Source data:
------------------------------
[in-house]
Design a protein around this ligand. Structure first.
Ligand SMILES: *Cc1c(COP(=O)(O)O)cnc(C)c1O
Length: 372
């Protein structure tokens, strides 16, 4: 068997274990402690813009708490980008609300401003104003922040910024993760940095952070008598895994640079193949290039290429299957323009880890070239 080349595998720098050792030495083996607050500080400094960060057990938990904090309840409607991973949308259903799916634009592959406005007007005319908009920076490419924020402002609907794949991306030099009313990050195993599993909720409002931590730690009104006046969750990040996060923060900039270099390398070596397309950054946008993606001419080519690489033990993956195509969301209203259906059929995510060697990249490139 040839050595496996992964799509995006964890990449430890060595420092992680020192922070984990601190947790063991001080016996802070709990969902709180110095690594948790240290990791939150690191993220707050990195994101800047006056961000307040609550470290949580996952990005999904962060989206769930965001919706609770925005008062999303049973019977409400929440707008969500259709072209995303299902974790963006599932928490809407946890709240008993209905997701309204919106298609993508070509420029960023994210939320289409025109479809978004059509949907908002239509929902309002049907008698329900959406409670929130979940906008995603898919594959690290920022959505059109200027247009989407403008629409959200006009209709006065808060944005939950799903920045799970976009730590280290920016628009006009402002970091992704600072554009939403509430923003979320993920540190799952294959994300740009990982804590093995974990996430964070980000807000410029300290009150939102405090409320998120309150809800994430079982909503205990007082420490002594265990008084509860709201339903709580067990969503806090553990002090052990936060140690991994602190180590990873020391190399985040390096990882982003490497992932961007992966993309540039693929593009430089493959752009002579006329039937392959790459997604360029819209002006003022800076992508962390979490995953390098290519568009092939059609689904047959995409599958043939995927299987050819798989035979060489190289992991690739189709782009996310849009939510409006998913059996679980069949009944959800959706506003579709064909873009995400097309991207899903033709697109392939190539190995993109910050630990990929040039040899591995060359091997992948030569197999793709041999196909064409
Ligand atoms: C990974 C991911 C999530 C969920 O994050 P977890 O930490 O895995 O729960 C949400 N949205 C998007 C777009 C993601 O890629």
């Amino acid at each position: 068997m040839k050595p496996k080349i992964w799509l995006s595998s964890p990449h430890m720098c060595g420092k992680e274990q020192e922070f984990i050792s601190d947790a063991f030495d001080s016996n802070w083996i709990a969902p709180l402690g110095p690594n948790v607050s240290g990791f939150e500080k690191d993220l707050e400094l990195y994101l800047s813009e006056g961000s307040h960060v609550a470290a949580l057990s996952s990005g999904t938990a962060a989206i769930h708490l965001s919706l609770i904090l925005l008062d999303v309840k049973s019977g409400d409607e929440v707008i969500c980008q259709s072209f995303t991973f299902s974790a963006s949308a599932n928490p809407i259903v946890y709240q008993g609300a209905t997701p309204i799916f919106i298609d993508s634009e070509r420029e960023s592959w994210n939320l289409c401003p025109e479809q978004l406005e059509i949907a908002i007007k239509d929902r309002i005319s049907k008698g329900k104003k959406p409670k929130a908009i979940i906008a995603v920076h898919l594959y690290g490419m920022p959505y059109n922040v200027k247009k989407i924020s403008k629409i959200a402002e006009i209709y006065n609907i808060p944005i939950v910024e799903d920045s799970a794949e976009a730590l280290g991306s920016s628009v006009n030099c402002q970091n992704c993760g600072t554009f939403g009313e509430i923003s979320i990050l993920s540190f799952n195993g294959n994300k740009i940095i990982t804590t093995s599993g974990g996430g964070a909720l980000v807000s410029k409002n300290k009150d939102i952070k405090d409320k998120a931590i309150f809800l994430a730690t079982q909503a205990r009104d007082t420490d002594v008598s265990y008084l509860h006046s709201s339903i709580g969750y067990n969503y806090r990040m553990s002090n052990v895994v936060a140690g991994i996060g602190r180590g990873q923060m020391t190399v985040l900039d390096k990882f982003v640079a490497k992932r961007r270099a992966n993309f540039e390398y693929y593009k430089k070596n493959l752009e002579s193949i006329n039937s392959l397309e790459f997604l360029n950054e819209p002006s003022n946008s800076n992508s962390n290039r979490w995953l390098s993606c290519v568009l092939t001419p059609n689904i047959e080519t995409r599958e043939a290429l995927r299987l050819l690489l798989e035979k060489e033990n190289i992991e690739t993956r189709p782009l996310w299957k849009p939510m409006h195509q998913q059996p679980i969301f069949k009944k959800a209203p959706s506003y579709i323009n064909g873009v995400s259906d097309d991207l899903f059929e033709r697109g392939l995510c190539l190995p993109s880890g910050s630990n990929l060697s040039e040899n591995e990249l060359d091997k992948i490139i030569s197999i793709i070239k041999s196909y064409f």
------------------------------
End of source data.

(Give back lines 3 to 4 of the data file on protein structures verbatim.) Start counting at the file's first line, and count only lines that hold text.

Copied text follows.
Ligand SMILES: *Cc1c(COP(=O)(O)O)cnc(C)c1O
Length: 372